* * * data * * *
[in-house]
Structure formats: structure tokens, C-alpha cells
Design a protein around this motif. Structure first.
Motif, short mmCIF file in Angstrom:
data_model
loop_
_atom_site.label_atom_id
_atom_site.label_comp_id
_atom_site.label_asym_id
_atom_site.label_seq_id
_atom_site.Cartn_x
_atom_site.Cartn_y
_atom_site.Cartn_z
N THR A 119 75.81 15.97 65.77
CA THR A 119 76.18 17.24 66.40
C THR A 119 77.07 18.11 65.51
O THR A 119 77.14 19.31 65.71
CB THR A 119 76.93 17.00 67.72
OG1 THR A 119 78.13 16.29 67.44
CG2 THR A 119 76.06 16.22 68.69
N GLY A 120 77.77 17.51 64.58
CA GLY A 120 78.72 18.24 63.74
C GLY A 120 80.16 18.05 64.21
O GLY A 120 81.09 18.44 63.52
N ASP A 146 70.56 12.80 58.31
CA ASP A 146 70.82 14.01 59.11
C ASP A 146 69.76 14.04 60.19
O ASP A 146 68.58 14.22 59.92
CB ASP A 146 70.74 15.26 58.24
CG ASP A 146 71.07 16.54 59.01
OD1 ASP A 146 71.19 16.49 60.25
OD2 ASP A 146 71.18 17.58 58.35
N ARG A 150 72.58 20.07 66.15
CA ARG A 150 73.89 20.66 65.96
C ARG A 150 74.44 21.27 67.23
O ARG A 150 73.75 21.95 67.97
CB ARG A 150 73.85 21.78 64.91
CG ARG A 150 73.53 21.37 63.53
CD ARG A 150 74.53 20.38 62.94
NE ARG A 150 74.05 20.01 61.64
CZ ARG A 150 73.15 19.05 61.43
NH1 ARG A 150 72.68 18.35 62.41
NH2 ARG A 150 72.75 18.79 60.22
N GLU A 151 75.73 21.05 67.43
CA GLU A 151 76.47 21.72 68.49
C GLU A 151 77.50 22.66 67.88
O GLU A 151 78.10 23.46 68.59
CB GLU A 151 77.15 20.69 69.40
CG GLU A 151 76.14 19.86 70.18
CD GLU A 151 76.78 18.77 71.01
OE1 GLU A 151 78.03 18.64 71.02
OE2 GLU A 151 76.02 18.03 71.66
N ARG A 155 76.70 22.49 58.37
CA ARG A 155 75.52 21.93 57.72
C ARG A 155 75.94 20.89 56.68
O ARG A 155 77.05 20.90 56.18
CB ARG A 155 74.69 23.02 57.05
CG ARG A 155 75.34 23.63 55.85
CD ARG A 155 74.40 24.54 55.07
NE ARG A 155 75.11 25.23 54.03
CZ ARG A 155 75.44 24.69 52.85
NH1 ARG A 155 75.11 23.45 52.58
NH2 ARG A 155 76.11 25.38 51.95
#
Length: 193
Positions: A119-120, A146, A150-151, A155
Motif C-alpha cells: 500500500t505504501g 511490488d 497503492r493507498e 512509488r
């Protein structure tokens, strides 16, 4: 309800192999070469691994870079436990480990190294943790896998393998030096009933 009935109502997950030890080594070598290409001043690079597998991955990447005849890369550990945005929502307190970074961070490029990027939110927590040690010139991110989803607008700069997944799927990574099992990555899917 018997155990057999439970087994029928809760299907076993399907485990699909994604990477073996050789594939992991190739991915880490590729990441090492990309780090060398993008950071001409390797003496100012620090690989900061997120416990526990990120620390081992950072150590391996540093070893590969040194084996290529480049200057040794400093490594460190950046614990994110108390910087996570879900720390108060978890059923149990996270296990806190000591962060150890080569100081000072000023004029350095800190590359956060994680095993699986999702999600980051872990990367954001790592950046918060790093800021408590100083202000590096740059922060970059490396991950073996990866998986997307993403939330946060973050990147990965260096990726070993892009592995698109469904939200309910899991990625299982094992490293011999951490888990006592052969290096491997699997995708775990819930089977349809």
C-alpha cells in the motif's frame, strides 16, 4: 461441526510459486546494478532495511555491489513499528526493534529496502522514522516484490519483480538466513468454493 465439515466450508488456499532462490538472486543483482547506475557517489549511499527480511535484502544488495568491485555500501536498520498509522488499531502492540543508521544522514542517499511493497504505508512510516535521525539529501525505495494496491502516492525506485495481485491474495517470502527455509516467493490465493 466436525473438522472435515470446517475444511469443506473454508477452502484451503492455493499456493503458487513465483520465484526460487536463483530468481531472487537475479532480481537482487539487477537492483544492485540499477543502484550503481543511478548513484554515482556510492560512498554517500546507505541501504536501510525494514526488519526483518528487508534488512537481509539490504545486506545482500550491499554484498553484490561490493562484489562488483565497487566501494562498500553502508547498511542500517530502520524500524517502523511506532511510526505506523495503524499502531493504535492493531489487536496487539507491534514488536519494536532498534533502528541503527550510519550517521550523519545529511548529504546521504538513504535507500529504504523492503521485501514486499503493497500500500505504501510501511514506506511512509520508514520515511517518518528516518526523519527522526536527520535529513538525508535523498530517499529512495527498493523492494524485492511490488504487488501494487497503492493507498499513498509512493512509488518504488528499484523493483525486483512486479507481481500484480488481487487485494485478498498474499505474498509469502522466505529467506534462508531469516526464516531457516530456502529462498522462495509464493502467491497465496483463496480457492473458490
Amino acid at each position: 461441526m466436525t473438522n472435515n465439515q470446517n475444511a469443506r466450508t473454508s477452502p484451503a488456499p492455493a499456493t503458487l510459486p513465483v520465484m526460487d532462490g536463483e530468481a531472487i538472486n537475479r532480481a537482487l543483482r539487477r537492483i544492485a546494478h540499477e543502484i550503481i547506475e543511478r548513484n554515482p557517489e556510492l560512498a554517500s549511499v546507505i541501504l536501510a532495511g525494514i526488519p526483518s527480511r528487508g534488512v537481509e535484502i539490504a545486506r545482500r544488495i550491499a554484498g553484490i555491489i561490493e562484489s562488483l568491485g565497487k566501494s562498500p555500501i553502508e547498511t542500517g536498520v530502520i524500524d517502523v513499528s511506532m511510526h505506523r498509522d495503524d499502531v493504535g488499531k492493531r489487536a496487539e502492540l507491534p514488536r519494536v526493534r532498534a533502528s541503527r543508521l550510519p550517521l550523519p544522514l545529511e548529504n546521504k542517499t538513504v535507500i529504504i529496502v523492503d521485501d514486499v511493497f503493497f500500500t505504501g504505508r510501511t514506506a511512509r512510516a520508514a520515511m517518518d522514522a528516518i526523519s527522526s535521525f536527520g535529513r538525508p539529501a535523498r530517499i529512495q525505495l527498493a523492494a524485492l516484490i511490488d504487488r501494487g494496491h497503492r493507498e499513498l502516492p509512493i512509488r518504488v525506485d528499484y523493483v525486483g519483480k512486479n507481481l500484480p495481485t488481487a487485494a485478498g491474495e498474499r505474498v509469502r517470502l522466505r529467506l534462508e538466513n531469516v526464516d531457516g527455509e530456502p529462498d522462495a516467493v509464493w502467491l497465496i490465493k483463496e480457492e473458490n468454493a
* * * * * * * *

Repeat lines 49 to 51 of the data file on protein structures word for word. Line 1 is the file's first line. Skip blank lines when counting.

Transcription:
CG GLU A 151 76.14 19.86 70.18
CD GLU A 151 76.78 18.77 71.01
OE1 GLU A 151 78.03 18.64 71.02